Whereas the Fed is telling us that their neutral, or normal, cash rate in the absence of high inflation is around 2.5 per cent, the market is only presently pricing in a terminal cash rate of just 1.9 per cent. For some reason, traders don’t think the Fed will ever even get near its neutral 2.5 per cent rate—let alone the 3 per cent plus cash rate that would be consistent with the tight monetary policy settings required to address the highest core inflation since the early 1980s.
This is the key question hanging over asset prices right now.
One obvious explanation for the market’s confidence is that the consumer price pressures are temporary and attributable to ephemeral supply-side blockages. There is clearly some truth to this. Auto price inflation is decelerating, indicating that the COVID-19 induced boost is dissipating.
Analysts like Pantheon Macroeconomics highlight that improvements in auto chip supplies out of Korea and Taiwan will allow manufacturers to ramp-up new car production again, the supply of which will put downward pressure on both new and used car prices. These categories account for about 10 per cent of the headline and core inflation index in the US and have driven a material share of the inflation gains registered thus far. Accordingly, future price declines should facilitate some mean-reversion in inflation during 2022.
On the other hand, supply-side cost pressures may be persistent because of reshoring of supply-chains from China to more expensive local markets, the quest for net zero emissions, and restraints on the availability of capital for fossil fuel industries.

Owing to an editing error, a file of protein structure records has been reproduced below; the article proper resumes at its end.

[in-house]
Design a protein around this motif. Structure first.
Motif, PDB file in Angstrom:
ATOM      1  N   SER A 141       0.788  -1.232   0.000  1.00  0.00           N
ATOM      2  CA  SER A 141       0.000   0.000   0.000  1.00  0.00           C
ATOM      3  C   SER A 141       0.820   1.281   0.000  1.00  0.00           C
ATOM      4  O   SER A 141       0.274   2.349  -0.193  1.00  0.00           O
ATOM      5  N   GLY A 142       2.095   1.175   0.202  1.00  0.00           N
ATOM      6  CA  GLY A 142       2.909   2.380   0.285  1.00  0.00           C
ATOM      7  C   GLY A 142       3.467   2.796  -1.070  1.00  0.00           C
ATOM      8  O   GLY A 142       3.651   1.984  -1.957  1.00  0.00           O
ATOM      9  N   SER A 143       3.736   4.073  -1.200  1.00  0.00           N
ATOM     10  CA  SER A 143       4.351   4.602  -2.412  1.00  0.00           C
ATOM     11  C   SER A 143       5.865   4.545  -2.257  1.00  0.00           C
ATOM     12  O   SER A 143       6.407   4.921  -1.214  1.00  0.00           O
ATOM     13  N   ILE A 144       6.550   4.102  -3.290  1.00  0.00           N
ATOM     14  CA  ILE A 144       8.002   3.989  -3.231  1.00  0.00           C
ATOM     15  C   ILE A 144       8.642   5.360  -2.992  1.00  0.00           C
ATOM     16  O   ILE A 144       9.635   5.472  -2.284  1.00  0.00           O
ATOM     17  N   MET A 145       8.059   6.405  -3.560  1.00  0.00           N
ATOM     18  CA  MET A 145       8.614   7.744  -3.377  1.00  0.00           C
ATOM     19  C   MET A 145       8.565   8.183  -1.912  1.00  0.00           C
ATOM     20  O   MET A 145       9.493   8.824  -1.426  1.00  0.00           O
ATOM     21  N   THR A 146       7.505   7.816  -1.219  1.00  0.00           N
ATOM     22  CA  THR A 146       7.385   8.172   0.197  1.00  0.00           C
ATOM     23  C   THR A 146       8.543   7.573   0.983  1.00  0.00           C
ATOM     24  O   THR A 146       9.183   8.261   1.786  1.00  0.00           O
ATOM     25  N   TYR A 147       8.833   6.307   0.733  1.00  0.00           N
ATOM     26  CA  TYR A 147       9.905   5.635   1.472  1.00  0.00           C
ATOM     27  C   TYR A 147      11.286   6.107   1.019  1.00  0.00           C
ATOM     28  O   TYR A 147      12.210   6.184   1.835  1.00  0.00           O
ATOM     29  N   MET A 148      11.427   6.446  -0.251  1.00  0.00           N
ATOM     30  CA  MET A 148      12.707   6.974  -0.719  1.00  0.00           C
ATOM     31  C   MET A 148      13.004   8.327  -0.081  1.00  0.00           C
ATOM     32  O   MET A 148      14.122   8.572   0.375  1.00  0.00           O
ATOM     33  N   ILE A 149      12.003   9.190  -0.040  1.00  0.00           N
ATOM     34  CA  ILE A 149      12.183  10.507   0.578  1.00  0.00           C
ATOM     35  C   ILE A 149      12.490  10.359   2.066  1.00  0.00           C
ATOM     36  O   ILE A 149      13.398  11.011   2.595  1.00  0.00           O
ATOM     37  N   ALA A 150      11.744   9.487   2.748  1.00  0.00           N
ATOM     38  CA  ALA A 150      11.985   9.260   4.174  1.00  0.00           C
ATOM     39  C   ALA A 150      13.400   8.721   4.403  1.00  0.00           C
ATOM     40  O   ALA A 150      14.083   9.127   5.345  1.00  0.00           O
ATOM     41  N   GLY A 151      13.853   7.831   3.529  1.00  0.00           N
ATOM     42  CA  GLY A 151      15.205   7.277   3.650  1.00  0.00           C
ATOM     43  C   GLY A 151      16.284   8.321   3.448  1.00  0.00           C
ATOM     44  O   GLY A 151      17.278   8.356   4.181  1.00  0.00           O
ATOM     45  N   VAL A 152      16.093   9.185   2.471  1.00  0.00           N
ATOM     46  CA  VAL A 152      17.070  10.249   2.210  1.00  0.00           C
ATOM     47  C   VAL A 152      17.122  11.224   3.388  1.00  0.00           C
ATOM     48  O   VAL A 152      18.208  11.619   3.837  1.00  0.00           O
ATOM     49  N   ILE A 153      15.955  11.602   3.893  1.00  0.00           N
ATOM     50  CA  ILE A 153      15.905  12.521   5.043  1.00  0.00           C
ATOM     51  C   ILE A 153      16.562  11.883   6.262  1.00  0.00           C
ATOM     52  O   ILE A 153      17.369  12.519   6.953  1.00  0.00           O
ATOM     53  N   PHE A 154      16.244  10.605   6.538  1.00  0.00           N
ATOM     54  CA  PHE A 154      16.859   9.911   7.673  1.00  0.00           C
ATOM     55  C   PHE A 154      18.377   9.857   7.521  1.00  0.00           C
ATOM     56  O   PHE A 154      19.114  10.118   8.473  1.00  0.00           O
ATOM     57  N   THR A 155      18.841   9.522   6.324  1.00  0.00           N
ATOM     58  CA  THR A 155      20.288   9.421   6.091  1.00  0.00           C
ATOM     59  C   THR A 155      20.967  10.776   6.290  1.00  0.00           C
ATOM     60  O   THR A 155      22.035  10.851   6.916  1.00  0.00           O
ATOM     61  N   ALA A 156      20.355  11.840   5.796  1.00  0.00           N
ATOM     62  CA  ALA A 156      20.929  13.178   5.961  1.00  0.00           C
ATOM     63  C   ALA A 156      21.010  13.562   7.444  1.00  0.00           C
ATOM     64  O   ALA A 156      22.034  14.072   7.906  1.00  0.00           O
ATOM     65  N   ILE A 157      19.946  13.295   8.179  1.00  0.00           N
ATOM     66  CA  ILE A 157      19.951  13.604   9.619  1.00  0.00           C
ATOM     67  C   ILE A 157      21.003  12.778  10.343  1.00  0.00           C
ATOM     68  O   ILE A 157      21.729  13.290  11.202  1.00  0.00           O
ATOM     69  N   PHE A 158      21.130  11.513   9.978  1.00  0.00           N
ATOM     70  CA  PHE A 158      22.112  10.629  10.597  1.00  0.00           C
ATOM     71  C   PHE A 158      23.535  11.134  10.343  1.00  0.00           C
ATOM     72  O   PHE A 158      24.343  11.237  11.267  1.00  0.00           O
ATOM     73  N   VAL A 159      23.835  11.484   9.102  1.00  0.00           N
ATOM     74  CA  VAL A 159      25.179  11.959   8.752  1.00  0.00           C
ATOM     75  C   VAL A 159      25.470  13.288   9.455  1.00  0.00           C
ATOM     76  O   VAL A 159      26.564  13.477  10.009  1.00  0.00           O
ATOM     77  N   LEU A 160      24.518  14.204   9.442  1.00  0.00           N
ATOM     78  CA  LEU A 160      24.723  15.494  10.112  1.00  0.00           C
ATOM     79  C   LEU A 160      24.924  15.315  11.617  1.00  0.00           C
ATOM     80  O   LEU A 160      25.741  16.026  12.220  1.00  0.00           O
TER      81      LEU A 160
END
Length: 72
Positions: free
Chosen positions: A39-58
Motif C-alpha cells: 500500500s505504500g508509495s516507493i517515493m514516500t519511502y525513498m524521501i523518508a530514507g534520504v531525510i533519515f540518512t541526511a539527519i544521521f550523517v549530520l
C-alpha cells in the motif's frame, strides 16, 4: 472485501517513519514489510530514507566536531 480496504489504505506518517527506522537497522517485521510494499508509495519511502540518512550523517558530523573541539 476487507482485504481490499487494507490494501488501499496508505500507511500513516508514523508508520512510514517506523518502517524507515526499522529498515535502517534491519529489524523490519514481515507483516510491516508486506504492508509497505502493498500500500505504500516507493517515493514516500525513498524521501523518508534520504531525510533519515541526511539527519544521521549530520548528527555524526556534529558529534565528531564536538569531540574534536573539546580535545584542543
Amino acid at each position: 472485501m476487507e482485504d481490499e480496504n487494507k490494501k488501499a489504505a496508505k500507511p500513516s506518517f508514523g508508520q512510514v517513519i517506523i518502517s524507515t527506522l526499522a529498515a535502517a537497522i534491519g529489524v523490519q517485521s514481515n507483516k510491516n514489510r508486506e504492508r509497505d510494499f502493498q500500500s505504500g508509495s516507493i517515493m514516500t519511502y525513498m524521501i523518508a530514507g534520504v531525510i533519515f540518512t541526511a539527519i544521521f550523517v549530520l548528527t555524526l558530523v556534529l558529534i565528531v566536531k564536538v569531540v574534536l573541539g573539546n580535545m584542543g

The underlying drivers of inflation are also spreading as wages and labour costs climb. In the US, rental inflation is at its most elevated level since 1992 while non-shelter related services prices are increasing at the fastest pace since 2005. Goldman Sachs says this “reflects strong service price growth across personal care (up 1.2 per cent), domestic services (up 0.9 per cent), recreation (up 0.8 per cent), and hospitals (up 0.5 per cent).
So-called “super core” inflation, which strips out volatile items like food, energy, shelter, and used vehicles, is growing at an even more rapid 8 per cent annualised rate according to SGH Macro. “This acceleration in super-core confirms the story of broadening inflationary pressures as told by trimmed CPI measures,” SGH’s Duy argues.
A final hope for equity investors is the assumption that the Fed has their back. There is a very widespread belief that if shares fall by 20-30 per cent, the Fed will pause, or even reverse course. This was certainly true in 2018 when the Fed lifted its cash rate to 2.5 per cent, and equities slumped 20 per cent. The Fed initially paused and then started cutting again in 2019.
But as we have explained before, this time looks and feels very different. In 2018 the Fed was not constrained by the highest wage growth, core inflation, and consumer inflation expectations data that we have seen in decades.
If this inflation shock is indeed persistent, the only remedy will be a US recession, which is exactly what has followed most Fed hiking cycles. This will be bad news for risky assets. But it will equally bequeath attractive entry points at some future juncture...